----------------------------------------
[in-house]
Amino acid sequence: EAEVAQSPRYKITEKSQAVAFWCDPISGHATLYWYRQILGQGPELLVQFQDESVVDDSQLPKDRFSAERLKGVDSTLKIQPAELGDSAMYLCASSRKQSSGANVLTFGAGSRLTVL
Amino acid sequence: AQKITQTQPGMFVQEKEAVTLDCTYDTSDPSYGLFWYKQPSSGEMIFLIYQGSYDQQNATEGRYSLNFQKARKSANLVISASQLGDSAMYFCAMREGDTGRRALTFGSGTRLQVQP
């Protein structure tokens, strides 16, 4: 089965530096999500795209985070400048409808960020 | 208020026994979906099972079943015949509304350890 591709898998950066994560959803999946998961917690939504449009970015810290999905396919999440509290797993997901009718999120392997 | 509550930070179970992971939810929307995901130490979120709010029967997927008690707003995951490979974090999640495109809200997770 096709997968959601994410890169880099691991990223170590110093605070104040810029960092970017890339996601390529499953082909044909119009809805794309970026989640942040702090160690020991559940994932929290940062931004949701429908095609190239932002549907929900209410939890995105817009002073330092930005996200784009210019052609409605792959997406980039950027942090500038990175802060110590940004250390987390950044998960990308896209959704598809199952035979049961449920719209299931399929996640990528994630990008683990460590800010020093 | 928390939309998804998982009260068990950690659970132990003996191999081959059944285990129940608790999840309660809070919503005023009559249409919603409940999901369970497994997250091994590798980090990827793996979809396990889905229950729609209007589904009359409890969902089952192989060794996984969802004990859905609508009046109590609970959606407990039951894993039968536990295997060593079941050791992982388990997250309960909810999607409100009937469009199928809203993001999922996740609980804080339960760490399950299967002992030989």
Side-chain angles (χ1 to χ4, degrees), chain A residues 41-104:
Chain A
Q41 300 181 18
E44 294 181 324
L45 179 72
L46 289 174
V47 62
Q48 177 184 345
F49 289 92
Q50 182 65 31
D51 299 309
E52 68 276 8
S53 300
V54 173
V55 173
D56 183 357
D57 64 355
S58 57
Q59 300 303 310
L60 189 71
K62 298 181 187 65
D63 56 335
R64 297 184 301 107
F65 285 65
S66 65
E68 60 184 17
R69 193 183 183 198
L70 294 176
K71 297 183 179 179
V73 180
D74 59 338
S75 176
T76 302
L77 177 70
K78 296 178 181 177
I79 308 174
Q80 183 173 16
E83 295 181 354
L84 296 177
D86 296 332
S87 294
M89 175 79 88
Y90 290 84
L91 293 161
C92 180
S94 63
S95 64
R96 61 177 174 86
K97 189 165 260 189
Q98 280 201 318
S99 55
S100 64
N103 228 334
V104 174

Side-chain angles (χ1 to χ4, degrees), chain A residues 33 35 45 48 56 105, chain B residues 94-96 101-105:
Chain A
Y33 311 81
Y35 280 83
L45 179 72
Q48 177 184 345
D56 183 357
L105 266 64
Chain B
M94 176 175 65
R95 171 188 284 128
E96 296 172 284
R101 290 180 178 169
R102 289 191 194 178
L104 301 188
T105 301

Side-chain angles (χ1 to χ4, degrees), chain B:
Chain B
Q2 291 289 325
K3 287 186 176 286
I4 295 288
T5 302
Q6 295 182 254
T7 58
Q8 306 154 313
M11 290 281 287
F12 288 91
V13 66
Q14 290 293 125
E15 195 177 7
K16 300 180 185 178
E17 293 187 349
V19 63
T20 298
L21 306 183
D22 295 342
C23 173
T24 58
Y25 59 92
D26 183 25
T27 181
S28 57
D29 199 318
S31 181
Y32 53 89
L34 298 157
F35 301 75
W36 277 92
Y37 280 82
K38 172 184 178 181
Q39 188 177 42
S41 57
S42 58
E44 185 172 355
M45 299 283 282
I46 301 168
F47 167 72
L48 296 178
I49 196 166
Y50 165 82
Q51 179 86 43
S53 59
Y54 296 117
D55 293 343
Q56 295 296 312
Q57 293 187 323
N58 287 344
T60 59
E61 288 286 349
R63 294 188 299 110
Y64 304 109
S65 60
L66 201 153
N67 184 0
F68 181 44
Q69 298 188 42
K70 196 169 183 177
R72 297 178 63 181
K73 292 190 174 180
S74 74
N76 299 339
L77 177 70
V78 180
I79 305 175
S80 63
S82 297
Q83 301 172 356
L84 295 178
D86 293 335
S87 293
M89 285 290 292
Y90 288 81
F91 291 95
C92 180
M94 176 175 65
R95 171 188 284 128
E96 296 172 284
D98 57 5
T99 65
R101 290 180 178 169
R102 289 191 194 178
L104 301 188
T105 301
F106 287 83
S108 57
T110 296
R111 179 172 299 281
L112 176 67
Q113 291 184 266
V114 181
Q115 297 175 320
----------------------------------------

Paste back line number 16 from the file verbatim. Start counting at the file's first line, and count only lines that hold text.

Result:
E52 68 276 8